Nearly two hundred capstone projects have been successfully completed over the life of the program. Some have become marketable products and several more are in various stages of determining their marketability.
Several recent projects have received national and international recognition including multiple first and second place awards in government and industry sponsored competitions. Some recent examples include:
- 1st Place NASA Rocket Launch Competition 2008, 2009, 2011, and 2012
- 1st place in the 2012 AFRL Design competition
- 1st and 2nd place in the 2013 AFRL Design competition
Projects in Capstone I for Spring 2010 included a Marsian CO2 Condenser, a wheelchair to car trunk loader, improving speed in a human powered vehicle, a calibrated heat flux generator, a wheelchair to under car creeper, redesign of an articulating arm, a fuselage for a human powered airplane, a wind powered vehicle-land yacht, and the designing and testing of the MAE Lunar Lander project.
Capstone design projects change from year to year, often depending upon student interest, industry partners, and available funding. The following list shows sample projects from previous semesters.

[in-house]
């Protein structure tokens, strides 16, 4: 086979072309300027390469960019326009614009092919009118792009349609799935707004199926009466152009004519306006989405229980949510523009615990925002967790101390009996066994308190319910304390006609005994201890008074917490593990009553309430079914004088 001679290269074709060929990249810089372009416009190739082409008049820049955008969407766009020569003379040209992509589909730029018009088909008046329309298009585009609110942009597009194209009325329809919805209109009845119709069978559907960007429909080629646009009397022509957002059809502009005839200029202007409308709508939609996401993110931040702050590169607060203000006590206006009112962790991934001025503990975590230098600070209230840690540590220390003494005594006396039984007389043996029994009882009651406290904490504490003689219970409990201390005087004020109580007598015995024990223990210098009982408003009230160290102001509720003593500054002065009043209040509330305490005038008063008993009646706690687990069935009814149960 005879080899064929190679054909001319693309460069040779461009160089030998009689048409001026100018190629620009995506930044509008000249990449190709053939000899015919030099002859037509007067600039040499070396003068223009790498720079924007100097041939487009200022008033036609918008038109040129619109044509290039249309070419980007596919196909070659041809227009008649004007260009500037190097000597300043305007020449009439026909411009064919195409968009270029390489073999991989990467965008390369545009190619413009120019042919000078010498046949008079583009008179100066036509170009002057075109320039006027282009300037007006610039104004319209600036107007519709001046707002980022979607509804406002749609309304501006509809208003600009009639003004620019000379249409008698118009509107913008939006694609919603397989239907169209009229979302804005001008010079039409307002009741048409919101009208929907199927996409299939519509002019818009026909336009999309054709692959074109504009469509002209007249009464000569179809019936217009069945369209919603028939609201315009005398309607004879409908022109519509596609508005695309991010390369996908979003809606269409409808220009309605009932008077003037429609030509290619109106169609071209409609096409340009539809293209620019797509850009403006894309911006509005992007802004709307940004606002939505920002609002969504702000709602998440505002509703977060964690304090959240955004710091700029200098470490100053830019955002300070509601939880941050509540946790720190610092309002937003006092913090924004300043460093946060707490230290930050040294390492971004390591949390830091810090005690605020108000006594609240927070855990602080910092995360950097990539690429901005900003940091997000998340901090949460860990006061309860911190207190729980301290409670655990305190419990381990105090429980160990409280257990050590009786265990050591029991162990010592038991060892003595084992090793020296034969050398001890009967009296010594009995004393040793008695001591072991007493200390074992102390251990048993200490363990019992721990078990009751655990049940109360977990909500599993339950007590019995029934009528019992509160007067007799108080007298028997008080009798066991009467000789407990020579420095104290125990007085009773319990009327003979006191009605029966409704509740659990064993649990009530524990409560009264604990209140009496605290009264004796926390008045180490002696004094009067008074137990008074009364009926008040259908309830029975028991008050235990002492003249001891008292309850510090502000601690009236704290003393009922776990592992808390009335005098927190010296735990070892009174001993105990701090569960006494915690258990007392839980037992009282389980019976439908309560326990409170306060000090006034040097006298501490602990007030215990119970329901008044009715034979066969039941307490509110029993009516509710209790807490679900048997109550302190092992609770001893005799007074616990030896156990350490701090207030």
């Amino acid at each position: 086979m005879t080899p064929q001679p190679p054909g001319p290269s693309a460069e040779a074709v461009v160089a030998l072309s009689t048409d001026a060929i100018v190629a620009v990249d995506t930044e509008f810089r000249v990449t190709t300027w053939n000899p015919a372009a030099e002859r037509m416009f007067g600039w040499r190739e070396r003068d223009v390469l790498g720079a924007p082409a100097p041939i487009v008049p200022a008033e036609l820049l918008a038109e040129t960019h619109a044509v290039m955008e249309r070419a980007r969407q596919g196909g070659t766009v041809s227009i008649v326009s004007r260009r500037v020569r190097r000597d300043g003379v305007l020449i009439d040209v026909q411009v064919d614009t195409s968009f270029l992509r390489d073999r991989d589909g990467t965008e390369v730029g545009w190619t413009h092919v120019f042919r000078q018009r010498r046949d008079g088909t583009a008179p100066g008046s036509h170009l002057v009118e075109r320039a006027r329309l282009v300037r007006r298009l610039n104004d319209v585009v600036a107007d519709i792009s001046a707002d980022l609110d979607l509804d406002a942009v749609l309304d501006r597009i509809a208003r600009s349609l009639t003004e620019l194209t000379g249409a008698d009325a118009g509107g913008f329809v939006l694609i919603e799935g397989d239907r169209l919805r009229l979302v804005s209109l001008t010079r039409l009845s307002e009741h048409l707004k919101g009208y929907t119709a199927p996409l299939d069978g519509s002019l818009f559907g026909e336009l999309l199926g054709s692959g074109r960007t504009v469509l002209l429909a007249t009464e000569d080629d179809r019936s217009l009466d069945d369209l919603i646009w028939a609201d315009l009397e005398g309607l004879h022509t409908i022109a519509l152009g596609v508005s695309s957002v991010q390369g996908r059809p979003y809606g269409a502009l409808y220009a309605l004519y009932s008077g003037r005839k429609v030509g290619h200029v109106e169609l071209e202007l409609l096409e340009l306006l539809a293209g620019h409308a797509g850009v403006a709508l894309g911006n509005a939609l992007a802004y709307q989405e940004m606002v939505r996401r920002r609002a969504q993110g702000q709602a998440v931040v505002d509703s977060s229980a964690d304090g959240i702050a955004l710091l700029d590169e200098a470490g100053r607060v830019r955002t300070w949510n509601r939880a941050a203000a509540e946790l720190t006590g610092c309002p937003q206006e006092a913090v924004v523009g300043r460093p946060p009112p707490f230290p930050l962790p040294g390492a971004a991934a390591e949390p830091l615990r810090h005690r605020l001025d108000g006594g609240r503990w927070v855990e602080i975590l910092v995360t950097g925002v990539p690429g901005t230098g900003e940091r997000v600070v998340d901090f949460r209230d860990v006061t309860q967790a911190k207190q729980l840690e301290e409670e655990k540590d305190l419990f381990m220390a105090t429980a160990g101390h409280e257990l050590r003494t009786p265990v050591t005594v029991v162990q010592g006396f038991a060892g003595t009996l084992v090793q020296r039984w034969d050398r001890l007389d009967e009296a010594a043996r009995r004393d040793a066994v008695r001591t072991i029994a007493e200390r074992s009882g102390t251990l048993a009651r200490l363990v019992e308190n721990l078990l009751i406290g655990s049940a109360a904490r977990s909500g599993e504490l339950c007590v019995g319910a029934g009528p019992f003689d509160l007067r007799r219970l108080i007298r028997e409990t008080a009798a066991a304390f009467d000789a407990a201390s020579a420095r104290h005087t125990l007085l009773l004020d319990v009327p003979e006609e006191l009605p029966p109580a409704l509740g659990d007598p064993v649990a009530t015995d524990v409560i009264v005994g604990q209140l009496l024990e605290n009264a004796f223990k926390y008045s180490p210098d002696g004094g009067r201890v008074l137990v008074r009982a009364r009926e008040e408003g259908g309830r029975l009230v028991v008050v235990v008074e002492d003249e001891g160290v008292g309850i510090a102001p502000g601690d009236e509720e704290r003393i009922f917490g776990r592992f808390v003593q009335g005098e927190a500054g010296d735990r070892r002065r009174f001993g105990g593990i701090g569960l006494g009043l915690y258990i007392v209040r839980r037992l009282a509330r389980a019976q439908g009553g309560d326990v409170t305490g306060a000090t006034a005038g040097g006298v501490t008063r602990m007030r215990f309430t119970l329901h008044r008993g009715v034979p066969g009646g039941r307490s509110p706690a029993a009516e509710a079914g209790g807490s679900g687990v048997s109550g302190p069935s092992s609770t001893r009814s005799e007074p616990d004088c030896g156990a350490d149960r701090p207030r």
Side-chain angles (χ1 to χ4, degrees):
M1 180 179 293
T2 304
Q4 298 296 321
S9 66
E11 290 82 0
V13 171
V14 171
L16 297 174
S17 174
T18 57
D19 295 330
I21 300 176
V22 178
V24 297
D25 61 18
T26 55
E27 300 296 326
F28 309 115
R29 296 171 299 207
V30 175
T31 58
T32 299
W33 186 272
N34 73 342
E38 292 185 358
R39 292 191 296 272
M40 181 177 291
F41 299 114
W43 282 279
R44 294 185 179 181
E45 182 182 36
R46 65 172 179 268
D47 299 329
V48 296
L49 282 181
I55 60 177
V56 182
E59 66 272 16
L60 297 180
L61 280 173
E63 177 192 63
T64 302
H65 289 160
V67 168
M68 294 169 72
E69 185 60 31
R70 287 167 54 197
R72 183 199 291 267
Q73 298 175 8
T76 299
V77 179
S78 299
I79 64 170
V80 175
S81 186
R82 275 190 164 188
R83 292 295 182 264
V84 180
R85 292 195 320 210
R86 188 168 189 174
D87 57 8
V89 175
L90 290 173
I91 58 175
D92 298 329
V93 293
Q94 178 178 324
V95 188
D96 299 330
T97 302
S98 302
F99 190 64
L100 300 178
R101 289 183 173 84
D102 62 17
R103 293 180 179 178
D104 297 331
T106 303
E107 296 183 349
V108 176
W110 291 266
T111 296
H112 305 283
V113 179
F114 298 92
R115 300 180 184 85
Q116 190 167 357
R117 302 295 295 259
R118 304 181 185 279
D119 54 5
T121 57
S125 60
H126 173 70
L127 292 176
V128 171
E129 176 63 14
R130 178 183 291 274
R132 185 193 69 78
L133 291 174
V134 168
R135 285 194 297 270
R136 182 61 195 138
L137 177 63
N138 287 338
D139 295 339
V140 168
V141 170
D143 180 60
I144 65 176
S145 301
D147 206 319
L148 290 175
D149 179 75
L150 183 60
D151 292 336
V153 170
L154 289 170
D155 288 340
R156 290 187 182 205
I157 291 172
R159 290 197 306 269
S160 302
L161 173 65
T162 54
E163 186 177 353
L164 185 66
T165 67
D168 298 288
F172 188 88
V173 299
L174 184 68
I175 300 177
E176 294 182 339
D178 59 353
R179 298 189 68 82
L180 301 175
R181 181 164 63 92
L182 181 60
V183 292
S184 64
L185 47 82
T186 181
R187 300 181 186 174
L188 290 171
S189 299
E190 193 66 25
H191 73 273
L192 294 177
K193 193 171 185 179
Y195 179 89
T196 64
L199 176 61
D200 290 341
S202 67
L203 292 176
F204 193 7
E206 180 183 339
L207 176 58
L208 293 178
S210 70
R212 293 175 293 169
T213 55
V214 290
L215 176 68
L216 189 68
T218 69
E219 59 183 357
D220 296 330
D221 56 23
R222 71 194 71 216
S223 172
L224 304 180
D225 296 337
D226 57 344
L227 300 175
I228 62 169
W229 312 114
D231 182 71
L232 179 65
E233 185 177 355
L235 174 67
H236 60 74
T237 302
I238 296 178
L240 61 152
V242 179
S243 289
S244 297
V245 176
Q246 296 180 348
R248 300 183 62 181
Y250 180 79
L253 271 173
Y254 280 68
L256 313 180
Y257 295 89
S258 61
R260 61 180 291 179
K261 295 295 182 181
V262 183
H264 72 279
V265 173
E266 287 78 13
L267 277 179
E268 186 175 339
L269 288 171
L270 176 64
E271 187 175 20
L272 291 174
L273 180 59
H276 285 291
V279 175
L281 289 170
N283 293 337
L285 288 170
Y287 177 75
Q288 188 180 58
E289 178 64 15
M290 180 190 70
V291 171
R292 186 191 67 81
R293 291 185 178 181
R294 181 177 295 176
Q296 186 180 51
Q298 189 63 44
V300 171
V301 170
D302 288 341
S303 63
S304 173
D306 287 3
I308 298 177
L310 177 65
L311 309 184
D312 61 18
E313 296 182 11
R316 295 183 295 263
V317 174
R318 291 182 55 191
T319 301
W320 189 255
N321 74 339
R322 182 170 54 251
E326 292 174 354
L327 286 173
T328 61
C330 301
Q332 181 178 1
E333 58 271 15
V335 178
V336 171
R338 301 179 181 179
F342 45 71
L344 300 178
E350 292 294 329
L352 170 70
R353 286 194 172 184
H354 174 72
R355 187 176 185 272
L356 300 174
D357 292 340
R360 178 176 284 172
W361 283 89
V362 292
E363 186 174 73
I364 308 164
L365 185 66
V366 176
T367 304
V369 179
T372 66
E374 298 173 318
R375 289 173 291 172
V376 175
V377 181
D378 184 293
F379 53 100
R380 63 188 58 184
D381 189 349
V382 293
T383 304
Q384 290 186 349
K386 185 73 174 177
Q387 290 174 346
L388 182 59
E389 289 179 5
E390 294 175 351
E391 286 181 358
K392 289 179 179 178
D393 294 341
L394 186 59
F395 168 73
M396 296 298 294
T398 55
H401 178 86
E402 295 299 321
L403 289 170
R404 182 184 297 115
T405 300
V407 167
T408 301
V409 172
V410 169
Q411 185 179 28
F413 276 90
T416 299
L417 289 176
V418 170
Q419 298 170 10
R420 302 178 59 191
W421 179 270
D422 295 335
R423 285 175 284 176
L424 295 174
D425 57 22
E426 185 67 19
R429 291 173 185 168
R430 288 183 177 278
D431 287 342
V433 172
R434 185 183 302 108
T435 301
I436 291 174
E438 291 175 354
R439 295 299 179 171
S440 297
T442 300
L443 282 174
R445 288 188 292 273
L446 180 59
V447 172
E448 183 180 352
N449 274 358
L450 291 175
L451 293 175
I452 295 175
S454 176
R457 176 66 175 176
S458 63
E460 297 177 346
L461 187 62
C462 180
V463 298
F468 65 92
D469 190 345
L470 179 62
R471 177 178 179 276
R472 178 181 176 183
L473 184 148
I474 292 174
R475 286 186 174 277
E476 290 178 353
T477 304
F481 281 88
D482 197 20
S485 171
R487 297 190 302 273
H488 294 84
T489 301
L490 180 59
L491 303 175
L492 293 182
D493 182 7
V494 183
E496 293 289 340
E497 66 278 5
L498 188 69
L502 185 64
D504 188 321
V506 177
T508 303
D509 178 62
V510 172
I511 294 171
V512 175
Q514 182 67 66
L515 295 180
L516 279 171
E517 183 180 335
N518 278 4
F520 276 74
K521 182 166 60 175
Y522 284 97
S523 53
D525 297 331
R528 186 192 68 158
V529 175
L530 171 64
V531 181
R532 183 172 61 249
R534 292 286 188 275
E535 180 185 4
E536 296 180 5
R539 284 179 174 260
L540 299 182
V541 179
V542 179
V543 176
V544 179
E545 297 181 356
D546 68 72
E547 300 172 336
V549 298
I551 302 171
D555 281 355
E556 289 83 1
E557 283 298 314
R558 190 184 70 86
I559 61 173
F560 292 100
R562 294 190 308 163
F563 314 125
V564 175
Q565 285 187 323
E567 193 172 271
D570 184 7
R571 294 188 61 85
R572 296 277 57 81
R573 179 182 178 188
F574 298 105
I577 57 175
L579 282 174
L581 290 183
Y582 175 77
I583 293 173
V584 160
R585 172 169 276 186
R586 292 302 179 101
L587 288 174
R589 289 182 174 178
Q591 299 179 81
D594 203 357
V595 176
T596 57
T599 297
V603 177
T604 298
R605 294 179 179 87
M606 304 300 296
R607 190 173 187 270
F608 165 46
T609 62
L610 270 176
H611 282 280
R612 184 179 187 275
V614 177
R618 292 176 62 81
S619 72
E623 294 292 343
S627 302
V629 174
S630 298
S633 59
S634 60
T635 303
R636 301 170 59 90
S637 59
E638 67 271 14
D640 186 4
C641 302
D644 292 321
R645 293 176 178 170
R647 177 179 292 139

Spring 2016 - Mobilift
An electric patient lift system designed to transfer an individual from a chair or bed to another location. The system is a combination of an existing, commercially available hydraulic patient lift coupled with a custom motorized base. The machine can support a maximum of 300 pounds and can be maneuvered manually or with the motorized wheels using a handheld remote.
Spring 2016 - Deja Blue
A custom designed three-wheeled cycle, placed third in overall rankings for the Human Powered Vehicle Challenge (HPVC) that took place in April 22-24, 2016 in San Jose, CA.HPVC events are organized around the world through the American Society of Mechanical Engineers. ASME says the purpose of the event is to create future leaders in alternative transportation engineering.
Fall 2015 - Tandemonium
A a side-by-side quadricycle built to provide safe and enjoyable riding experiences for persons with disabilities. Icon Health & Fitness provided funding, expert mentoring, and manufacturing support. The main goals of the bike design are: safety, accessibility, durability and portability. Safety aspects included turning radius, braking distance and visibility. The bike needed to be easily accessible for all body types, strong enough to ensure durability, and lightweight enough for easy transport.